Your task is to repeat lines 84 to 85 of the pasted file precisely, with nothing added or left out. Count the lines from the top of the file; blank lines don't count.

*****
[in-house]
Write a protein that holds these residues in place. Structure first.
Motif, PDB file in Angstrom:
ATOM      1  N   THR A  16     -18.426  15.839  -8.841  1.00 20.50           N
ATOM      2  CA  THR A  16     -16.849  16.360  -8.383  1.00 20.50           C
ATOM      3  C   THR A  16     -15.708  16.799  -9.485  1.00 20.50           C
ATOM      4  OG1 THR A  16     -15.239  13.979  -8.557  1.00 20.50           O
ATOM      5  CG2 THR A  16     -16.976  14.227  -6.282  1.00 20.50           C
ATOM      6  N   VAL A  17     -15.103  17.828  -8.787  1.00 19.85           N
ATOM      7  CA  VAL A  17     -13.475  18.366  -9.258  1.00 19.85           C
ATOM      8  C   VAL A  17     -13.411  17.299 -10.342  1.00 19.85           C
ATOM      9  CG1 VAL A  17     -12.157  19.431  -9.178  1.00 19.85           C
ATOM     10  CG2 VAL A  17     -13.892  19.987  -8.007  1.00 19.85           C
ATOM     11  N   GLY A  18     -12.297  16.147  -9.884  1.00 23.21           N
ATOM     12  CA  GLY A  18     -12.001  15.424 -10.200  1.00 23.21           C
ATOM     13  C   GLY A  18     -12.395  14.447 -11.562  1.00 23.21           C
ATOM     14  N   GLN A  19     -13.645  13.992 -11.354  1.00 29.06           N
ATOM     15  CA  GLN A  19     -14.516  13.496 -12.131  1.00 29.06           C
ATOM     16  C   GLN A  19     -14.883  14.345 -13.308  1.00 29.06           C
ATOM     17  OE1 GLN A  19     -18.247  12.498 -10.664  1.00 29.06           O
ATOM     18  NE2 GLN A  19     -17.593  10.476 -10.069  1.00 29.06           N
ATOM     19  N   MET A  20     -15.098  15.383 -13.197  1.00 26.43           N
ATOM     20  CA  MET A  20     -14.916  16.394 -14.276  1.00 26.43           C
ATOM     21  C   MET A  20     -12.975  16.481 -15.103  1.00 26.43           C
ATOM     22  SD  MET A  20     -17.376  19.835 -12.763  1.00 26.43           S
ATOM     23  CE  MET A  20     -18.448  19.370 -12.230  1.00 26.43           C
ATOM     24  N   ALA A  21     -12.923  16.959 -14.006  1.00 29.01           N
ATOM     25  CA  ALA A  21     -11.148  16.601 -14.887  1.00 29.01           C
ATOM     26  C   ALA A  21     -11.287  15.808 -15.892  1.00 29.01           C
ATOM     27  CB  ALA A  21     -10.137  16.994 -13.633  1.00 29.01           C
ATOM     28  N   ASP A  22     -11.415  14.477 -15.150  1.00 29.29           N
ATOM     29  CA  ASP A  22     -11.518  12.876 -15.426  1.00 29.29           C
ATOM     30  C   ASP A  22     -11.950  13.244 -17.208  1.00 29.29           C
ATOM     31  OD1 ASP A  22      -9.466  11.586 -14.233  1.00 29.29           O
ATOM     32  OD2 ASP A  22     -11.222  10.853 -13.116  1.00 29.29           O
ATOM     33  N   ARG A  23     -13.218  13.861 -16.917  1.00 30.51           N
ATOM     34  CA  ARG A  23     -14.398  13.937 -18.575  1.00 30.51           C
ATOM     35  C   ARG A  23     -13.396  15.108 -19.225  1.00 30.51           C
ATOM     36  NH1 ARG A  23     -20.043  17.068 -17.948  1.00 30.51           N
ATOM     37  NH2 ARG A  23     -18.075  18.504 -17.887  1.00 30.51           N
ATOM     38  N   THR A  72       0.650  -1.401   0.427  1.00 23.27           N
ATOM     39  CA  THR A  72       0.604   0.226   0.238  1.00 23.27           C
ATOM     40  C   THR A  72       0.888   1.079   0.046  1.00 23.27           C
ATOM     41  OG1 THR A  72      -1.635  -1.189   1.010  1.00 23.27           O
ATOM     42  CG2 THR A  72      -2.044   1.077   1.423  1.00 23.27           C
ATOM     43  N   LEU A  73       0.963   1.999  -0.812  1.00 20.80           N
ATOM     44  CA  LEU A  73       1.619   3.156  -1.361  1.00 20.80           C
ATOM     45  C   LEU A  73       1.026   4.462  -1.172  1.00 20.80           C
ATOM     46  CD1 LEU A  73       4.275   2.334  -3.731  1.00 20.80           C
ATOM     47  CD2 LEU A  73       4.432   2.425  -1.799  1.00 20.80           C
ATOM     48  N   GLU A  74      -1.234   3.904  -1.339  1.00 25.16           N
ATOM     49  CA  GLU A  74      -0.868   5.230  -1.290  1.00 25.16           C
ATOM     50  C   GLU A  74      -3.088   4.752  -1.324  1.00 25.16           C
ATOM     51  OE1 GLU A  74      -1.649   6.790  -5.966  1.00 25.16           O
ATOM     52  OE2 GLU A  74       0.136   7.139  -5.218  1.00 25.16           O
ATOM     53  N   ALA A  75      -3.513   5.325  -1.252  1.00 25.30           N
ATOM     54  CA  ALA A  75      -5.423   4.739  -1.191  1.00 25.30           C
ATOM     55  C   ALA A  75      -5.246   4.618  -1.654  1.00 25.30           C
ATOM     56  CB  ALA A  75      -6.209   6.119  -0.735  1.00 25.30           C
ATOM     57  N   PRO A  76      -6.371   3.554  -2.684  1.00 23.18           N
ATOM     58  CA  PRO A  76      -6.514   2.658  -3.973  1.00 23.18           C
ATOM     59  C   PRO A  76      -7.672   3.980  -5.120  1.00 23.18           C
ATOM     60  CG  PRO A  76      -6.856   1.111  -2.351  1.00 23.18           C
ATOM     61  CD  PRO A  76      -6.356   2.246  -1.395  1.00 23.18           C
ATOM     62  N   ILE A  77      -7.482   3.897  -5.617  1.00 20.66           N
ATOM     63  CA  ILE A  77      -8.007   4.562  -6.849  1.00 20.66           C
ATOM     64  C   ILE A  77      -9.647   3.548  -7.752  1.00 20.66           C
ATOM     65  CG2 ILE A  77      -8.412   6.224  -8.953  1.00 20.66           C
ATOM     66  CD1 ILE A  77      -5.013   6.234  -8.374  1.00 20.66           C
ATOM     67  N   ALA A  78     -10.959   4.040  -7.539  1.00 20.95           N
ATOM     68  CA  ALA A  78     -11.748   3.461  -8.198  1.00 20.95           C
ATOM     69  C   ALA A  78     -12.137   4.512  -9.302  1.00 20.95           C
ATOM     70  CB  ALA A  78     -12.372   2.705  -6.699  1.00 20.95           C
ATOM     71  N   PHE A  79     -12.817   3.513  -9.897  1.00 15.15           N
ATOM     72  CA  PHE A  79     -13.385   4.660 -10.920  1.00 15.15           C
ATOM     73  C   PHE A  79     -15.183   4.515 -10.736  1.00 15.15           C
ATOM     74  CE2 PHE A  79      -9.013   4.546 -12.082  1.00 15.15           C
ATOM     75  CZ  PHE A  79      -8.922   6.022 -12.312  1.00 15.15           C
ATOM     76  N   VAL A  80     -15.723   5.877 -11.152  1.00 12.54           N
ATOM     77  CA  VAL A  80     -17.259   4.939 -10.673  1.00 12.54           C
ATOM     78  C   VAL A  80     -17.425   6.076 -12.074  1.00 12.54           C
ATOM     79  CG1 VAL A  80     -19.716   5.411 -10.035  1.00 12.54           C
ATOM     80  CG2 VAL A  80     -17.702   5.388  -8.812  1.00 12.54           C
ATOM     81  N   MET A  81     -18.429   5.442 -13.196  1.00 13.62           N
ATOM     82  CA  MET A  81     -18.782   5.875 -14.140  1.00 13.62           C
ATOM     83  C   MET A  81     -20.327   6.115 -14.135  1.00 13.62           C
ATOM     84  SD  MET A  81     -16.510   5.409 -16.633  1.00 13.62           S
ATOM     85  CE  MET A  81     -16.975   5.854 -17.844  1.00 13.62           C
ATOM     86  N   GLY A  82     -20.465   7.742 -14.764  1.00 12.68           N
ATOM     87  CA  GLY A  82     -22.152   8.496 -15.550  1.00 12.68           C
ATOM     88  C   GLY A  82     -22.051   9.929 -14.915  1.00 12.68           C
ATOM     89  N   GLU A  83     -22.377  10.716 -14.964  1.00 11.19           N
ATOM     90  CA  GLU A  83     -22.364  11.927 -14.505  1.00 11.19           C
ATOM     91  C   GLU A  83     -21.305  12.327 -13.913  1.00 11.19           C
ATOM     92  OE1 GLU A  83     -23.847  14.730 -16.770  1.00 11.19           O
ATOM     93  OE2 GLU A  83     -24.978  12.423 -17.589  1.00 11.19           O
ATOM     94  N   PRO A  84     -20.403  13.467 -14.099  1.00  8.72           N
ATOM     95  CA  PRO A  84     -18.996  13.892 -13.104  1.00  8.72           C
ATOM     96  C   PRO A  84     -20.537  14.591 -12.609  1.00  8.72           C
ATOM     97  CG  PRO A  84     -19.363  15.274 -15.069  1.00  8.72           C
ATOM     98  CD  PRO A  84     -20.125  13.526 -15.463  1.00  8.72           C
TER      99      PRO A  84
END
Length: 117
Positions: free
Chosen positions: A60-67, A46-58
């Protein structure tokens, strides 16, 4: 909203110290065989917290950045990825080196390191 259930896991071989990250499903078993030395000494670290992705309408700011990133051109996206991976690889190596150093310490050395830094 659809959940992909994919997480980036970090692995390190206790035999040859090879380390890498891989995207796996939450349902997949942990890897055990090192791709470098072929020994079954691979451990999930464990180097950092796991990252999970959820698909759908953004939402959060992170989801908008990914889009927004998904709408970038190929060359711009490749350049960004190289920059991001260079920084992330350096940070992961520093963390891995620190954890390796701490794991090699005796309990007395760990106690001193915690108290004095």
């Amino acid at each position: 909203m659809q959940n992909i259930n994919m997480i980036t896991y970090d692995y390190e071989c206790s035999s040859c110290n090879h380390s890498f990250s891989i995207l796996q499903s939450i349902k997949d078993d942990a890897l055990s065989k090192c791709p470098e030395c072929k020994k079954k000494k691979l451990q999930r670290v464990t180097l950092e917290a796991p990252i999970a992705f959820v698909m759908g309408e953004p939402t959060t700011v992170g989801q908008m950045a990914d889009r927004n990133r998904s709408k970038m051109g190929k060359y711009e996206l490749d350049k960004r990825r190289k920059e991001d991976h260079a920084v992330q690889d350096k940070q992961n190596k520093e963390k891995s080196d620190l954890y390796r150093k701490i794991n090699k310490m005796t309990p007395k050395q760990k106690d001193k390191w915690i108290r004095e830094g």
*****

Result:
ATOM     81  N   MET A  81     -18.429   5.442 -13.196  1.00 13.62           N
ATOM     82  CA  MET A  81     -18.782   5.875 -14.140  1.00 13.62           C